Work in Progress

Ten Interview Questions for the Next Big Thing:

The Next Big thing is a writers’ online game of tag; it’s about as close as some of us get to physical exertion. My buddy Richard Scarsbrook was kind enough to tag me, so I guess I’m it now!

The way this game is played is that each tagged author gets to write about his or her work in progress in a self-conducted interview, before tagging five other writers. And so on and so forth, ad infinitum, or at least until it gets dark and our mothers call us home for dinner. The Next Big Thing is a way for us to entertain our readers, ourselves (some of us don’t get out much), and each other (see previous parentheses). Want to find out more about my current project? You know, the one I’ve been promising for a while now? Well, here goes:

What is your working title of your book?

Pairs and Artichoke Hearts

And yes, I do mean pairs as in couples, as opposed to pears as in fruit, although arguably that might work as well. Since coming up with the title, I confess to discovering that pears and artichokes actually do go together in an interesting and unexpected culinary fashion. You should try it.

Where did the idea come from for the book?

The idea came to me quite unexpectedly when I was at the cottage many years ago. I’d gone there to finish writing Swimming in the Ocean; unfortunately, I discovered that I couldn’t work on that book up there. I was in a really dark mood and thought that project at that time would shove me over the edge. So I sat by the fire and read voraciously for a couple of weeks. Magically, the first wisps of Pairs came and then it started to develop. It was surprising that out of such a somber period something could emerge that was so effervescent!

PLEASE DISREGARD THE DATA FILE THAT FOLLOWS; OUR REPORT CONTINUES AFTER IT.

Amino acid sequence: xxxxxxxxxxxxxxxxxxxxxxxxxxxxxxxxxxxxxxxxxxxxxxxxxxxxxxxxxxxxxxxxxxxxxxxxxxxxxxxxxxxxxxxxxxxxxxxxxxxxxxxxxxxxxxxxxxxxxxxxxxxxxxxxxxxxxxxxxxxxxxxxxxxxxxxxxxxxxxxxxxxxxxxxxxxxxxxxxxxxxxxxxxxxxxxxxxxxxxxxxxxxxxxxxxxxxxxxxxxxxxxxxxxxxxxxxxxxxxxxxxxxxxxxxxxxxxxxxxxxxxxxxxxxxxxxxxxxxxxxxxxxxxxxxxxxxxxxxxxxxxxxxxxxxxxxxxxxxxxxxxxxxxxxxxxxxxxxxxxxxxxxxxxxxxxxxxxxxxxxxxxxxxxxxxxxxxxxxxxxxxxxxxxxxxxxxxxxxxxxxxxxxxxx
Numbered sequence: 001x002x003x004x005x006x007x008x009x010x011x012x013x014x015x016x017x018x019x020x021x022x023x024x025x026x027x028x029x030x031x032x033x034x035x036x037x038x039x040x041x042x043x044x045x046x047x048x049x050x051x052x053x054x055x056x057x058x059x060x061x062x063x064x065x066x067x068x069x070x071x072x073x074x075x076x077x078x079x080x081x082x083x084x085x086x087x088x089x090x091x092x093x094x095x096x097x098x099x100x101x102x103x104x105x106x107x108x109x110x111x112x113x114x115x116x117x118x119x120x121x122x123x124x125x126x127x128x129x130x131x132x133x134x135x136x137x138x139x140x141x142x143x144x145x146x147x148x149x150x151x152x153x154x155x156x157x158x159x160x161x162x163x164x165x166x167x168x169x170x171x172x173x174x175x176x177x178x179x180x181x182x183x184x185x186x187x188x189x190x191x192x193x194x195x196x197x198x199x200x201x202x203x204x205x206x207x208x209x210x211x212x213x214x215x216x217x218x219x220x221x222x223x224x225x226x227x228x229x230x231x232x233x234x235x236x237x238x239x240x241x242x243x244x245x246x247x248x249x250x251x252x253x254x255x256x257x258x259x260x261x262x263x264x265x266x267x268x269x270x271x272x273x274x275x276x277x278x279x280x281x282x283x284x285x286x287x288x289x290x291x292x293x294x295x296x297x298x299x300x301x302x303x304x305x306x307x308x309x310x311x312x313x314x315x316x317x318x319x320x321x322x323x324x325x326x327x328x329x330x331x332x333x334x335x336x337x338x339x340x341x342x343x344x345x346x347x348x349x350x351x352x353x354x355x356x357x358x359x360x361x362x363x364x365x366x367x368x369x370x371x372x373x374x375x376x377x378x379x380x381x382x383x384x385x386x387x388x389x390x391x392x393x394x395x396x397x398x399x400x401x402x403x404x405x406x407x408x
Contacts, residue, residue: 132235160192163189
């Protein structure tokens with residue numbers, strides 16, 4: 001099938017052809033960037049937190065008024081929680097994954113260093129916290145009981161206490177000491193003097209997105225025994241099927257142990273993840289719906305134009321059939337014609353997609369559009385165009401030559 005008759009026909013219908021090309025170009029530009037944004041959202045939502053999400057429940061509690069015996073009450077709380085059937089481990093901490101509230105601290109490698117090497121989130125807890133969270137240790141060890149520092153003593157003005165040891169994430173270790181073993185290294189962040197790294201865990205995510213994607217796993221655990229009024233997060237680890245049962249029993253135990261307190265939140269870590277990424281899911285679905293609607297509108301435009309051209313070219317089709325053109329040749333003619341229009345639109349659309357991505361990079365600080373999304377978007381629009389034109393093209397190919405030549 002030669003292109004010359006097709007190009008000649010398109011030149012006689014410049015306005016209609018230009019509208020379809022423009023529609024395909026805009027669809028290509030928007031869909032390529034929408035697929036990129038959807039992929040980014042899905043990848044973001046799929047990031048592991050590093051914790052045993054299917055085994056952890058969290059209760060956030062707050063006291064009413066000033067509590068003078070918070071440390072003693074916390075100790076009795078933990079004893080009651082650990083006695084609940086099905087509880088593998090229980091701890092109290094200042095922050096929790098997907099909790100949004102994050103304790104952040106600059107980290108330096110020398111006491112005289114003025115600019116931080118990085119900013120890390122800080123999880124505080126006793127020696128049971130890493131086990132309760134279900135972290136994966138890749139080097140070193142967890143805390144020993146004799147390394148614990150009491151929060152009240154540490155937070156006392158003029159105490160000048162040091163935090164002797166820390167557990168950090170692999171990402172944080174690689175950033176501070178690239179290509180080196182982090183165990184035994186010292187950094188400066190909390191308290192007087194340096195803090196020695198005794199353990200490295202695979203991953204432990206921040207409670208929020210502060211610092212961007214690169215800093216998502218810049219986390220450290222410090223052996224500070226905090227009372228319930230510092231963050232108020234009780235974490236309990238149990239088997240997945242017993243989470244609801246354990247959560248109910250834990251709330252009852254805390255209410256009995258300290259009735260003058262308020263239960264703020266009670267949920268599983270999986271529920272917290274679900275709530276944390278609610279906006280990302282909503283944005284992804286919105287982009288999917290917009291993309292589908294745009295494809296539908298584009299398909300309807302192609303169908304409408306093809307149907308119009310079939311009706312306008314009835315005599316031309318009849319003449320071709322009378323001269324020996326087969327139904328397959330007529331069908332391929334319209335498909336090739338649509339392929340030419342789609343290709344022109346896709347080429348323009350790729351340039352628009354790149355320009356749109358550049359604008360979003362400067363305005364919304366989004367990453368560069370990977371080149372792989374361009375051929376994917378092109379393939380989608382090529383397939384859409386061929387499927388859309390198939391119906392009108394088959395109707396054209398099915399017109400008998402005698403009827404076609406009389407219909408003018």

What genre does your book fall under?

It’s a short novel, a gender-bender romantic comedy, with thoughtful undertones, very loosely based on A Midsummer Night’s Dream.

Which actors would you choose to play your characters in a movie rendition?

Philip Seymour Hoffman would be the perfect Henry; he has the right build, and can pull off that pensive, ponderous, dishevelled, distracted artist persona.

A young Joel Grey would have been the perfect Paul. Now, I might pick Vincent Cassel (from the remake of Ocean’s Twelve and Ocean’s Thirteen).

Canadian Rachelle Lefevre has the right look for Juliette, but she doesn’t have the right energy. In another few years (by the time production funding is secured) Elle Fanning, as she appears in Sally Potter’s Ginger & Rosa, would be absolutely perfect!

Chord Overstreet, of Glee fame, has exactly the right look and feel for John, the shy young farm boy.

What is the one-sentence synopsis of your book?

Tensions increase between a gay man and his impotent bisexual lover, when a vivacious young witch moves to their farm in springtime.

Will your book be self-published or represented by an agency?

An excellent question. I don’t want to self-publish; as someone who has been published previously, self-publishing feels like a step backwards. In terms of agency representation, yeah, maybe, if I can find someone who wants to take me on. I’ve represented myself in the past and for now, that will continue.